Longman Dictionary of Contemporary English homepage

Language: Old English
Origin: hleonian

lean

1 verb
     
lean1 S3 past tense and past participle leaned or leant especially British English
1 [intransitive always + adverb/preposition] to move or bend your body in a particular direction
lean forward/back/over etc
They were leaning forward, facing each other.
Lean back and enjoy the ride.
She leant towards him and listened.
lean
2 [intransitive always + adverb/preposition] to support yourself in a sloping position against a wall or other surface
lean against/on
He was leaning on the bridge, watching the boats go by.
3 [intransitive,transitive always + adverb/preposition] to put something in a sloping position where it is supported, or to be in that position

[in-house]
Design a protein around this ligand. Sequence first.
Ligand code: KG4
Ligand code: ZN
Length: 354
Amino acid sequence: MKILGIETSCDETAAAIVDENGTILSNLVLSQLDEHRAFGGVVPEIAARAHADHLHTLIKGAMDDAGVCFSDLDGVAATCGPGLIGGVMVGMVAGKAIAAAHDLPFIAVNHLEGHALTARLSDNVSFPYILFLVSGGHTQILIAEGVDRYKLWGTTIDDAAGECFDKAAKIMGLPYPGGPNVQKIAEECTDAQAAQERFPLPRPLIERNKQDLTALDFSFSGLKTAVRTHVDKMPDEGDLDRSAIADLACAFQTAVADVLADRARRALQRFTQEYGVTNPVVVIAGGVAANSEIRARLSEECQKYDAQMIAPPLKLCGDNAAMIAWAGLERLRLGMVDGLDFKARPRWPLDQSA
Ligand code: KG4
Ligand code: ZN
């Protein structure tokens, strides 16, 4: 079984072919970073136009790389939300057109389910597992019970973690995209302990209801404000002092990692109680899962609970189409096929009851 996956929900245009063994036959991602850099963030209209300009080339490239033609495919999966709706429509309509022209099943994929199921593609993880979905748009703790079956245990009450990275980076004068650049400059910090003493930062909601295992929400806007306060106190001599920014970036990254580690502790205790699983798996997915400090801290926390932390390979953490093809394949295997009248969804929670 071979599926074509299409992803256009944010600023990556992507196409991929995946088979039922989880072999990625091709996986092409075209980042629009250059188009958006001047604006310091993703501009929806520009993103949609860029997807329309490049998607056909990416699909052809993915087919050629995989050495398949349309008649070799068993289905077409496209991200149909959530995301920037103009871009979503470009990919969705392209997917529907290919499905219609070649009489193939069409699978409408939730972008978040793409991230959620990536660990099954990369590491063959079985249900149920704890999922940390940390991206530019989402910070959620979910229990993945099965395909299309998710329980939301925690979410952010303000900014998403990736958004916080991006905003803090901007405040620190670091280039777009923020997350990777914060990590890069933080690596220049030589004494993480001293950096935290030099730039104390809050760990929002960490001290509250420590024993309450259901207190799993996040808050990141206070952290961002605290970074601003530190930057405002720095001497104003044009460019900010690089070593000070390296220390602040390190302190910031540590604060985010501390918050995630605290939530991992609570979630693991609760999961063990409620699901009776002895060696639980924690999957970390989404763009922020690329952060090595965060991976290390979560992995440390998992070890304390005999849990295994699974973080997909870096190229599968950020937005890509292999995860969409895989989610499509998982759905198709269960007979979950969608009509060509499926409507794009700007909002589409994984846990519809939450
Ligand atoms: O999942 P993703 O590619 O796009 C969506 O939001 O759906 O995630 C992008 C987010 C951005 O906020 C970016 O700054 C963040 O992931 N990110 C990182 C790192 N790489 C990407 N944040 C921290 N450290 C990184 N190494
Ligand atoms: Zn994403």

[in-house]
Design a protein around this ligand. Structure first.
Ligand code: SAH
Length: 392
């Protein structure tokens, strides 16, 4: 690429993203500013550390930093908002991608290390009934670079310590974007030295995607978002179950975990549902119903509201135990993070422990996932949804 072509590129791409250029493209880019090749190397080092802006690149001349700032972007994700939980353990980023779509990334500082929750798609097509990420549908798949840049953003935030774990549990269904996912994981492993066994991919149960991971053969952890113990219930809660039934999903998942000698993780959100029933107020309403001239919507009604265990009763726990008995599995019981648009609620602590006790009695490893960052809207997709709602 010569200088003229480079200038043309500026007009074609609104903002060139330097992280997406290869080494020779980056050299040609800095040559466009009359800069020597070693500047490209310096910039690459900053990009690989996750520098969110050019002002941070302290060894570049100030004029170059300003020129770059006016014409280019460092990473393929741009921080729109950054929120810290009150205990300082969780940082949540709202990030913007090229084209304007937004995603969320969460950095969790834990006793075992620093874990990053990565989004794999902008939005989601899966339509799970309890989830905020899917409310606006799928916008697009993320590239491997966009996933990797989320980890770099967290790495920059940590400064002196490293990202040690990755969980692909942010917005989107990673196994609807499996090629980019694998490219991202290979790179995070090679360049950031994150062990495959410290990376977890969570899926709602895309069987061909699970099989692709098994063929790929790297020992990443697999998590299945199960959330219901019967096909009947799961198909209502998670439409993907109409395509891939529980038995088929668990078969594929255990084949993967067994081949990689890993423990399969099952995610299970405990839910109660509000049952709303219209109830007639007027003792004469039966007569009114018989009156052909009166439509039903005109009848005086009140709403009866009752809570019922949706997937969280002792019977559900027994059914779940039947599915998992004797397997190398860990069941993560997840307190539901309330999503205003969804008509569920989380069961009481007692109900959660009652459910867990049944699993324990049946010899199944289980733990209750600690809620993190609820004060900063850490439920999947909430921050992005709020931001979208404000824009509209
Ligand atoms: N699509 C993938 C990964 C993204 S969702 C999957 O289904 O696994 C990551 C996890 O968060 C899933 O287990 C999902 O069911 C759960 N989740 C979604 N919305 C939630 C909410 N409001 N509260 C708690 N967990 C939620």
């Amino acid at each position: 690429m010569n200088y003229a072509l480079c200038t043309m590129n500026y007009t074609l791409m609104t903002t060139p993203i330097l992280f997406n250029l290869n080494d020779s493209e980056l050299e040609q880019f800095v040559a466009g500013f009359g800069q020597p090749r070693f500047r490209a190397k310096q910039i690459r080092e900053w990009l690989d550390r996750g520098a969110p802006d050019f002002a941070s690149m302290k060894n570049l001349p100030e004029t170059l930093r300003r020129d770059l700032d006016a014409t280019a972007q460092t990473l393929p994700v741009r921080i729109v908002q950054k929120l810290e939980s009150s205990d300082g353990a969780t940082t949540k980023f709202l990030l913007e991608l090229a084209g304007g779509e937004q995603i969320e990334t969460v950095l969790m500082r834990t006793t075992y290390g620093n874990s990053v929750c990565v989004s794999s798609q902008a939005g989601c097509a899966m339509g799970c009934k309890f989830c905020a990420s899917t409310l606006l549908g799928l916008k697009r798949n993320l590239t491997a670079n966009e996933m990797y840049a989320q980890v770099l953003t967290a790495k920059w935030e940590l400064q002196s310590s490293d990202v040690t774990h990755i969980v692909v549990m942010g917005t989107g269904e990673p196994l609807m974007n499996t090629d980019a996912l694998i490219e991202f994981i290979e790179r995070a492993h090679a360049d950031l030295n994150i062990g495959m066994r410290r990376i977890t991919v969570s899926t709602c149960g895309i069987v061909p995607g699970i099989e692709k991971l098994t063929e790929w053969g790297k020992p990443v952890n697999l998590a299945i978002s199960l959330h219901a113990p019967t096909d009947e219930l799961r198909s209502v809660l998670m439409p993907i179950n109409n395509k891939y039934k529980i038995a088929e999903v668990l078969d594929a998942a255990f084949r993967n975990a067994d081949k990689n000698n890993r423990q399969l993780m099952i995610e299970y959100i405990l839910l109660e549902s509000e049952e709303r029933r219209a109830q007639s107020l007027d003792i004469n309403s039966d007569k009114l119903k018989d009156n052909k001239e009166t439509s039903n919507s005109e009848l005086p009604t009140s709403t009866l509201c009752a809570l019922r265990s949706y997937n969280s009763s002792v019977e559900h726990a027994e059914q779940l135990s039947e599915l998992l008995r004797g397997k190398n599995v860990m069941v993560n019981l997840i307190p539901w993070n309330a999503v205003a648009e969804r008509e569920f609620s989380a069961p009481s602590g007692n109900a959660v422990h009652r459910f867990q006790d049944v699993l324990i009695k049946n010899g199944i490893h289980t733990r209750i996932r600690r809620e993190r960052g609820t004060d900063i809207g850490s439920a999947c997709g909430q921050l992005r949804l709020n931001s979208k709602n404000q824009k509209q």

lean (something) against/on something
A huge mirror was leaning against the wall.
He leant his bicycle against the fence.
4 [intransitive] to slope or bend from an upright position:
trees leaning in the wind

lean on somebody

phrasal verb
1 to depend on someone for support and encouragement, especially at a difficult time:
The couple lean on each other for support.
2 informal to try to influence someone, especially by threatening them:
He won't pay unless you lean on him.

lean towards something

phrasal verb
to tend to support, or begin to support, a particular set of opinions, beliefs etc:
Canada, the UK and Japan leant towards the US view.

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